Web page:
If you want the nicest DVR experience for your over-the-air shows, you need to shell out a few dollars a month for a DVR subscription service. Those dollars get you features such as a multiday TV guide (usually 14 days' worth of listings); scheduled and manual recordings; series info; series-based recording; adjustable recording start and stop times; channel filters (such as showing only movies or sports); and automatic commercial skipping.

Here are three subscription-based DVRs to consider:

  • Tablo: The Table Dual (two tuners) and Table Quad (four tuners) are whole-home DVRs, meaning they connect to your Wi-Fi router and then other devices — such as a streaming media device, smart TV, mobile device, or computer — access the DVR over Wi-Fi using the Tablo app. Most Tablo DVRs require you to add a hard drive for storing your recordings. Basic recording is free (see the preceding section), but you'll need a subscription ($4.99 per month) to unlock all the DVR features. See the next section for the details on how to set up a Tablo DVR.

    Remember The more tuners you get, the more options you have when it comes to simultaneously watching live TV and recording shows. For example, with two tuners, you can simultaneously watch one show and record another or record two shows; with four tunes, you can watch and record up to four shows at once.

  • Channels: You install the Channels software on a computer, connect an HDTV tuner to the same computer, get a Channels Plus subscription ($8 per month), and then start watching and recording over-the-air TV. For more details, surf to
  • Plex: You install Plex Media Server on your computer, add a compatible tuner, and then subscribe to a Plex Pass ($4 per month), which enables you to watch and record over-the-air TV. You can access recordings on any networked device. For more info, see

Setting up a Tablo DVR

Tablo DVRs are by far the most popular option for cord cutters who are doing the over-the-air TV thing. If you decide to go the Tablo route, here are the general steps to follow to set up most Table DVRs:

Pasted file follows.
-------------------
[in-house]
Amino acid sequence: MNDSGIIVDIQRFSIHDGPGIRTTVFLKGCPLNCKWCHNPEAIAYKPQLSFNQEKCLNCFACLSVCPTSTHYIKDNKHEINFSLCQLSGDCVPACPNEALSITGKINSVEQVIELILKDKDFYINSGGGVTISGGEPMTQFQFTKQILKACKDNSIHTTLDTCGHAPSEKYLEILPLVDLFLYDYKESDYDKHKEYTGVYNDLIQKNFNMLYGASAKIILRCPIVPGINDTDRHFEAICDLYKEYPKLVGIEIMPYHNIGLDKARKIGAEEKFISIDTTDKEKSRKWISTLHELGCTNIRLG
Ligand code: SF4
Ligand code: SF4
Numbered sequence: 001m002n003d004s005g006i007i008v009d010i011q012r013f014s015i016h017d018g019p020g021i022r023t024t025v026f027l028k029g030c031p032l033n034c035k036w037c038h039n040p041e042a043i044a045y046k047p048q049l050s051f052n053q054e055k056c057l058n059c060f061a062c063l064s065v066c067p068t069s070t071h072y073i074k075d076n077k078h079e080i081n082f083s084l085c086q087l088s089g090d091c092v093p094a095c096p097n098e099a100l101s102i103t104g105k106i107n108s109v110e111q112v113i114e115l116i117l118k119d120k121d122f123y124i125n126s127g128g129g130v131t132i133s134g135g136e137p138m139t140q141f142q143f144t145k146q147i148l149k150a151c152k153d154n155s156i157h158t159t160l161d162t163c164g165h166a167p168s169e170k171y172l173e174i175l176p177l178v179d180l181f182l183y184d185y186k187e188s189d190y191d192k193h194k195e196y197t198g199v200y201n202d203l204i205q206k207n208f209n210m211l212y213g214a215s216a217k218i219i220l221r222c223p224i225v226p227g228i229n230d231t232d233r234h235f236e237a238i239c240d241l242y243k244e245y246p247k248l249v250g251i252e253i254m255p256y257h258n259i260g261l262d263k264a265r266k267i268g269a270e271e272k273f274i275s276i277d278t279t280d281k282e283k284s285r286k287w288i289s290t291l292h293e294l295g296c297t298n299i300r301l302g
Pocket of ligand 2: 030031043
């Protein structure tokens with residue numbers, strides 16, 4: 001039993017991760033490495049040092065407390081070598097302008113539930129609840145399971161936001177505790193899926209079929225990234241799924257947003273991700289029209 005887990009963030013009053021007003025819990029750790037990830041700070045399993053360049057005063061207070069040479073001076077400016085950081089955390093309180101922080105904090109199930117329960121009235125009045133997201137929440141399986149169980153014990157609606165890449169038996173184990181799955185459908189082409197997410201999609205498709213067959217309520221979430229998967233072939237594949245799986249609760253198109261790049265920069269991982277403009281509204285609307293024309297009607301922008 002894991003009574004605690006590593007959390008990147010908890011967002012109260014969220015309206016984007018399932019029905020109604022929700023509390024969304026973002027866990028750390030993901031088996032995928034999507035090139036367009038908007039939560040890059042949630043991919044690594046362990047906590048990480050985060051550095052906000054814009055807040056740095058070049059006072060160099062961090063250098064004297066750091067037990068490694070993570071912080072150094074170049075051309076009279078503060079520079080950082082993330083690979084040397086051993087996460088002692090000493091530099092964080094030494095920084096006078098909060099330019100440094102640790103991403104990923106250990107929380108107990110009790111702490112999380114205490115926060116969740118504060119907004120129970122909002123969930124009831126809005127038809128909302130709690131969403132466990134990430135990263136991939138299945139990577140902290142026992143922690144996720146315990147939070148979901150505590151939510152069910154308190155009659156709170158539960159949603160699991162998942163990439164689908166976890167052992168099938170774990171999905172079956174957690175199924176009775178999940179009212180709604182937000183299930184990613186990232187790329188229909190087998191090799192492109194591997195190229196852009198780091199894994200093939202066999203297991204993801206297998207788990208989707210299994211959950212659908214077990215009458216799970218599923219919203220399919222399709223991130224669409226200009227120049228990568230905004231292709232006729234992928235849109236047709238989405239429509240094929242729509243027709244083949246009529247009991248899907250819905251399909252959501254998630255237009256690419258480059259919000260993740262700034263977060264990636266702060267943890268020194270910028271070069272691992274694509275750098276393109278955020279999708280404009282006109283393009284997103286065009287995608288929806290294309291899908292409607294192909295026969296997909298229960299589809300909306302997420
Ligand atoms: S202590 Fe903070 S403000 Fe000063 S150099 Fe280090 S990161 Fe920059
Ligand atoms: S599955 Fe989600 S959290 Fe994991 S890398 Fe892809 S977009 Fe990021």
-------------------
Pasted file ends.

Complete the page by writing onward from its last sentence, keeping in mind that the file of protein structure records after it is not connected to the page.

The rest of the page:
1. Connect your HDTV antenna's coaxial cable to the Antenna jack F connector on the back of the Tablo.
  2. If your Tablo doesn't come with a built-in hard drive, connect an external USB hard drive to the USB port on the back of the Tablo.

    Some Tablo models also accept an internal SATA hard drive. If you're using this method, remove the screw on the bottom of the Tablo that holds the cover for the SATA compartment in place, insert the drive into the SATA connector, and then reattach the SATA compartment cover.

  3. Access the Tablo app with the device you want to use to set up the Tablo:
    • If you're using a PC or Mac, browse to the Tablo web app at
    • If you're using an iOS or Android mobile device, install the Tablo app.
  4. Connect your Tablo to your Wi-Fi network:
    • If your antenna and your Wi-Fi router are close to each other, attach one end of the supplied Ethernet cable to the Tablo's Ethernet port and the other end of the cable to any available Ethernet port on your router. Skip to Step 7.
    • If your antenna and Wi-Fi router are too far apart for a direct connection, you need to use Wi-Fi, so select the app's Add via WiFi command. Your Tablo sets up its own wireless network with a name along the lines of Tablo_1234.
  5. Use your computer or mobile device to connect to the Tablo wireless network.
  6. Use the Tablo app to select your home Wi-Fi network and enter the network password.

    This step connects your Tablo to your network.

  7. Follow the instructions provided by the Tablo DVR Setup Wizard.
  8. If you also use a smart TV or streaming media device, use that device to install the Tablo app so that you can access Tablo content on the device.

Watching Over-the-Air TV Using a Smart TV

If you have a smart TV — such as an Amazon Fire TV Edition set, a Roku TV, an Android TV, or a Samsung Smart TV — in many cases you can watch over-the-air TV just by connecting your HDTV antenna to the device.

Most smart TVs have the input source selection built right into the TV's interface. For example, on Fire TV Edition televisions, the Home screen (as well as the Live screen) offers an Inputs section, as shown in Figure 5-3. You use this section to choose the input source you want to view. For over-the-air TV, you'd select the Antenna input source.

Snapshot of using the TV interface to select the input source.